- Anniversary Program
- Parada ng Sambayanan
- The Festival Showcase at OMNHS Grandstand
- Pasasalamat sa Galing at Serbisyo ng mga Mindoreño
- The Grand Fireworks Display.
Other Festivals in Oriental Mindoro
Basudani Festival, Bansud – January
The Basudani is a harvest thanksgiving Festival and takes place in honor of the patron saint Santo Niño. The main celebration is a street dancing parade.
SIPAG Festival, Roxas – January
This festival celebrates the produce and ingenuity Roxas is most famous for
- Saging (Banana)
- Isda (Fish)
- Prutas (Fruits)
Banana Festival, Baco – January
The Banana Festival is held on Baco’s Founding Day, to give thanks for the abundance of the banana in the area. Celebrations include traditional serenades (lupakan and harana) and the Pandangguhan; dance with lights. There is Street dancing as well as meals and treats made with banana’s out on display for hungry festival goers.
Coco Festival, SAN TEODORO – February
This festival honors and celebrates San Teodoro’s most prominent product; the coconut.
Pandang Gitab, Calapan City – February
The Pandang Gitab Festival is a unique festival as it takes place at night. The Pandang Gitab honors a tradition from the island of Lubang Island, Mindoro. It has been the official festival of Oriental Mindoro, since 2001.
Pandang sa ilaw “to dance with light” is a traditional dance honoring the practice of the wives of fishermen, who would carry oil lamps down to the shore to meet their husbands. The Festival is alight with groups dancing the traditional steps, in colorful costumes based on the baro’t saya, and holding lamps or lights.
Sulyog Festival, Bongabong – March
The Sulyog Festival honors the two main products from the area; Banana’s “Suli” and Coconuts “niyog”. It also honors the patron saint Joseph and features street dancing which reflects the farming customs and traditions of the town.
Bahaghari Festival, Pinamalayan – April
This is a very colorful festival depicting the brilliance and importance of rainbows in Pinamalayan history and culture. Rainbows represent the unity, harmony and resilience of the people. Activities include a colorful street dance competition, cultural and religious presentations and a product and trade fair
Sab’uyan Festival, Pola – June
The Sab’uyan Festival is held in honor of John the Baptist. A Fluvial Procession takes the image of Saint John the Baptist back to where it was found; the sea. Many people board the boats and throw water at each other as a blessing and good luck. Once back on dry land the image is carried around the streets, followed by street dancers.
Pakapya-Agtike Festival, Socorro – June
Replicates the harvest thanksgiving rituals of the Tadyawan Mangyan Tribes. The festival includes a street dancing competition and activities which celebrate Socorro’s abundant crops and harvest.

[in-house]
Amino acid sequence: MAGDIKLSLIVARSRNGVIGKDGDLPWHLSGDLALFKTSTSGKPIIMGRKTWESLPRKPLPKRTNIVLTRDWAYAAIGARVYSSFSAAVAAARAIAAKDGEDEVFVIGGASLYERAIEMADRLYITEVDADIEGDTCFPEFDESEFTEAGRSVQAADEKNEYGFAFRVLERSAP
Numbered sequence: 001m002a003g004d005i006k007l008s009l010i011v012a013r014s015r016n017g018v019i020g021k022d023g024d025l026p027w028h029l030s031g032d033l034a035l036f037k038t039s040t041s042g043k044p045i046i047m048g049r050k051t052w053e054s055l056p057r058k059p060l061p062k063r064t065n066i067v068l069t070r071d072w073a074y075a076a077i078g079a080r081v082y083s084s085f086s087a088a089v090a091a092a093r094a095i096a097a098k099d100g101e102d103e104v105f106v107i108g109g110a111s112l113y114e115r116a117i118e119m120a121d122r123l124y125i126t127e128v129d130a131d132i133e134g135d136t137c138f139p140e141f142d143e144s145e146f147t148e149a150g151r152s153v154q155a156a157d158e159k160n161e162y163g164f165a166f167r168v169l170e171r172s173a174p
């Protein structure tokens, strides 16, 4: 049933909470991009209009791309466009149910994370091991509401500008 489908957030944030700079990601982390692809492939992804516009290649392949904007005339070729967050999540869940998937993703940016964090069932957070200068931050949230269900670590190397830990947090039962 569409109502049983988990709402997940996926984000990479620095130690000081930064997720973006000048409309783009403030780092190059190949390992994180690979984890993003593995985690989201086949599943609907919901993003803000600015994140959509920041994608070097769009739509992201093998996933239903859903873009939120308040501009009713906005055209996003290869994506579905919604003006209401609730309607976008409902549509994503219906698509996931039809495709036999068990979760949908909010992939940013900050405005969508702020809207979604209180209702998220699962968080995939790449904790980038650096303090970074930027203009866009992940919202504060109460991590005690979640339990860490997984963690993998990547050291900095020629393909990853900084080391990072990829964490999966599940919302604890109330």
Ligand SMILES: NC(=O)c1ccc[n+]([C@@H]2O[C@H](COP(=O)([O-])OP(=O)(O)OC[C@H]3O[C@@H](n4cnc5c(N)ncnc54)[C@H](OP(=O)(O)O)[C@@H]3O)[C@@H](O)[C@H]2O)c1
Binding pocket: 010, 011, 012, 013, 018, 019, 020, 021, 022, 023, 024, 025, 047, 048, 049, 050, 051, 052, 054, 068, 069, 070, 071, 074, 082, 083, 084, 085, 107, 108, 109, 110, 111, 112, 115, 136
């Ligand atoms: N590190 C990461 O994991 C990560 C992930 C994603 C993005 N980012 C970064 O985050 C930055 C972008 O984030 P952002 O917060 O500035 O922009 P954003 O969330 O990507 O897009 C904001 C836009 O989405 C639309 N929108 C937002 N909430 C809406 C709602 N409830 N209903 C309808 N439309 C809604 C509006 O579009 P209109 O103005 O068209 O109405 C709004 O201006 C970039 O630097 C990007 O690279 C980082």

Biniray Festival, Bulalacao – June
This festivals honors patron saints Peter and Paul, introduced by Panay settlers, and the blessings from the sea. It’s an early morning start, with a flotilla of colorfully decorated boats in Bulalacao Bay. The saints statues are then paraded through the streets, with local schools taking part in street dancing displays. A parade also takes place after sunset, finishing at the church where they are crowned amidst singing and dancing.
Dabalistihit Festival, Naujan – September
The name for this Festival comes from the various species found in the Naujan Lake;
The festival includes a street dance parade, with props and costumes reflecting the various species found in the lake.
Kapakyanan Festival, Victoria – September
Known as the ‘fruit basket of Oriental Mindoro’ Victoria celebrates its abundance of fruits, such as rambutan, lanzones and durian. Kapakyanan is a Mangyan term meaning abundance.
Kawayanan Festival, Gloria – October
This festival celebrates the abundance of different varieties of “kawayan” (Bamboo) grown in the area. The Festival features street dances with costumes made from bamboo materials. A Trade Fare is also held showcasing furniture, souvenirs and other products made from Bamboo.
Kaaldawan Iraya Festival, Puerto Galera – October
This festival celebrates the Iraya Mangyan Tribe and its unique culture. The festival features Iraya Dances, indigenous games, songs and folktales. The highlight is the street dance competition.
Mangyan Festival, Mansalay – November
Celebrates the Mangyan’s , the idigenous tribes of Oriental Mindoro. It promotes the highest ideals of the Hununuo and Buhid tribes, as well as the people of Mansalay.
Check out our Visayan Festivals article, which covers Kalibo’s Ati-Atihan Festival, Cebu’s Sinulog Festival and Iloilo’s Dinagyang Festival